International Jazz Day occurs annually on 30 April. It was organized by UNESCO to celebrate “the virtues of jazz as an educational tool, and a force for peace, unity, dialogue and enhanced cooperation among people.” The Day was proclaimed during the UNESCO General Conference in November 2011. The first annual International Jazz Day was kicked off in Paris by UNESCO Director-General Irina Bokova and UNESCO Goodwill Ambassador Herbie Hancock. UNESCO partners with the Thelonious Monk Institute of Jazz.

American pianist, keyboardist, bandleader, composer and actor Herbert Jeffrey “Herbie” Hancock was born April 12, 1940. He Started his music career with Donald Byrd, he shortly thereafter joined the Miles Davis Quintet where Hancock helped to redefine the role of a jazz rhythm section and was one of the primary architects of the post-bop sound. He was one of the first jazz musicians to embrace synthesizers and funk music. Hancock’s music is often melodic and accessible; he has had many songs “cross over” and achieved success among pop audiences. His music embraces elements of funk and soul while adopting freer stylistic elements from jazz. In his jazz improvisation, he possesses a unique creative blend of jazz, blues, and modern classical music, with harmonic stylings much like the styles of Claude Debussy and Maurice Ravel.

Hancock’s best-known compositions include “Cantaloupe Island”, “Watermelon Man” (later performed by dozens of musicians, including bandleader Mongo Santamaría), “Maiden Voyage”, “Chameleon”, and the singles “I Thought It Was You” and “Rockit”. His 2007 tribute album River: The Joni Letters won the 2008 Grammy Award for Album of the Year, only the second jazz album ever to win the award, after Getz/Gilberto in 1965.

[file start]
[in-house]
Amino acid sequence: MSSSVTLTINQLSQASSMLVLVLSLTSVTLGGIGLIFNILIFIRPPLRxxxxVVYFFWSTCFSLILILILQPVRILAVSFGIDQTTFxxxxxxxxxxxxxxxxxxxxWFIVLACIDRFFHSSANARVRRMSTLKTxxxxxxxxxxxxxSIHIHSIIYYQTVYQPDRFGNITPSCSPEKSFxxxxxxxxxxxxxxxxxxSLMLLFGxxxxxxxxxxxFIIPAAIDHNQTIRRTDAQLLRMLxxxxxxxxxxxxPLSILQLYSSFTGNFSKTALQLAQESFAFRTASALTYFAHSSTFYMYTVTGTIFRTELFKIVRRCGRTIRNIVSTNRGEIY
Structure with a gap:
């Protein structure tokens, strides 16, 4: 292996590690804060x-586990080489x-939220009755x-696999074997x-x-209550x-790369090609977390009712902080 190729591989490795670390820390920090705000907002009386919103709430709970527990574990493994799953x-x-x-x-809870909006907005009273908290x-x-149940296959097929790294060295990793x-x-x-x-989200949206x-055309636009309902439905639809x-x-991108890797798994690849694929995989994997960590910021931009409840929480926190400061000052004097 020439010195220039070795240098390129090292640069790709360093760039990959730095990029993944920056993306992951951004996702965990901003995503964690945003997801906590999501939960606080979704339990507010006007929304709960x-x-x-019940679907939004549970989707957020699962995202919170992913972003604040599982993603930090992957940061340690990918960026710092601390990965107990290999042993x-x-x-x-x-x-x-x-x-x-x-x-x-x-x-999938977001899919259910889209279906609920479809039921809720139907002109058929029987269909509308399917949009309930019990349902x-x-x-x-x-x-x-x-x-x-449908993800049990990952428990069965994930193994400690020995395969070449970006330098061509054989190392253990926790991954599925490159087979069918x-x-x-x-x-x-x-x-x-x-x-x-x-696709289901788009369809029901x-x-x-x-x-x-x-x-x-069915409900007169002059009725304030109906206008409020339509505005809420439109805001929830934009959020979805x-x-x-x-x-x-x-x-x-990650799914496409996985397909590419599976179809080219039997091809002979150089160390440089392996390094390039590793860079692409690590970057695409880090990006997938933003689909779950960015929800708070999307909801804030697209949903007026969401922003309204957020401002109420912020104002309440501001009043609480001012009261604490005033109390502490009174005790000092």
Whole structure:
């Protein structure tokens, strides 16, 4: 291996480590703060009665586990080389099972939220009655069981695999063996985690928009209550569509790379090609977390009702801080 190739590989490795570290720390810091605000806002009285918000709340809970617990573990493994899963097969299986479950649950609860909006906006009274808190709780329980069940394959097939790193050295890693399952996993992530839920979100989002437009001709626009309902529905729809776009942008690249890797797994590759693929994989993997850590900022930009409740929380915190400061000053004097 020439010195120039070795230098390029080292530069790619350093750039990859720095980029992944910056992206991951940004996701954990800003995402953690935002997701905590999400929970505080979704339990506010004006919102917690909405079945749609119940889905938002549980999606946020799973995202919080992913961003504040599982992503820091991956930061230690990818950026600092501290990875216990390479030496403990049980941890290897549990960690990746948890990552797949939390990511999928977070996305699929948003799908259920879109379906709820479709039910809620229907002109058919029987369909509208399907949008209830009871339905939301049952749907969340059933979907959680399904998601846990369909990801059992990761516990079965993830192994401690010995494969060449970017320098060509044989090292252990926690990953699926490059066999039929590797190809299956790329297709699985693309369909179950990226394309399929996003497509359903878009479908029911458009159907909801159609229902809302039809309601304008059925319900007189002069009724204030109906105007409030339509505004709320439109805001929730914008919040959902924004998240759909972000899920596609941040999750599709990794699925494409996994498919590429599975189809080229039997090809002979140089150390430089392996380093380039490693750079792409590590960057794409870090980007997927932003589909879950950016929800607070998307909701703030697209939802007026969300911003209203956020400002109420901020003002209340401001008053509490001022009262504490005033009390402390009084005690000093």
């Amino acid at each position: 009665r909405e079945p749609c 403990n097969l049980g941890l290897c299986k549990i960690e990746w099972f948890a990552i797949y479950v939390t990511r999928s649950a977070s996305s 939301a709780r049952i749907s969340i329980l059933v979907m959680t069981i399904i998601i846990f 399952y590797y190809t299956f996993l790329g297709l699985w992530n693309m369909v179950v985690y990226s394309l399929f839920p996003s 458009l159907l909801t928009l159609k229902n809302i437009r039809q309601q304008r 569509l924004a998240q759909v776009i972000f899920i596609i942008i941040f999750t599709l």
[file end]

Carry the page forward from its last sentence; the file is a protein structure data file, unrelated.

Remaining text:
Sergio Leone

Legendary Italian film director, producer and screenwriter Sergio Leone Sadly died on 30 April 1989, of a heart attack at the age of 60. He was born 3 January 1929 and started out In film After watching his father work on film sets, and began his own career in the film industry at the age of 18 after dropping out of law studies at the university.Working in Italian cinematography, he began as an assistant to Vittorio de Sica during the movie Bicycle Thieves in 1948. Leone began writing screenplays during the 1950s, primarily for the ‘sword and sandal’ (a.k.a. ‘peplum’) historical epics, popular at the time. He also worked as an assistant director on several large-scale international productions shot at the Cinecittà Studios in Rome, notably Quo Vadis (1951) and Ben-Hur (1959), financially backed by the American studios.When director Mario Bonnard fell ill during the production of the 1959 Italian epic The Last Days of Pompeii (Gli Ultimi Giorni di Pompei), starring Steve Reeves, Leone was asked to step in and complete the film. As a result, when the time came to make his solo directorial debut with The Colossus of Rhodes (Il Colosso di Rodi, 1961), Leone was well-equipped to produce low-budget films which looked like larger budget Hollywood movies ln the early 1960s, sadly historical epics fell out of favor with audiences.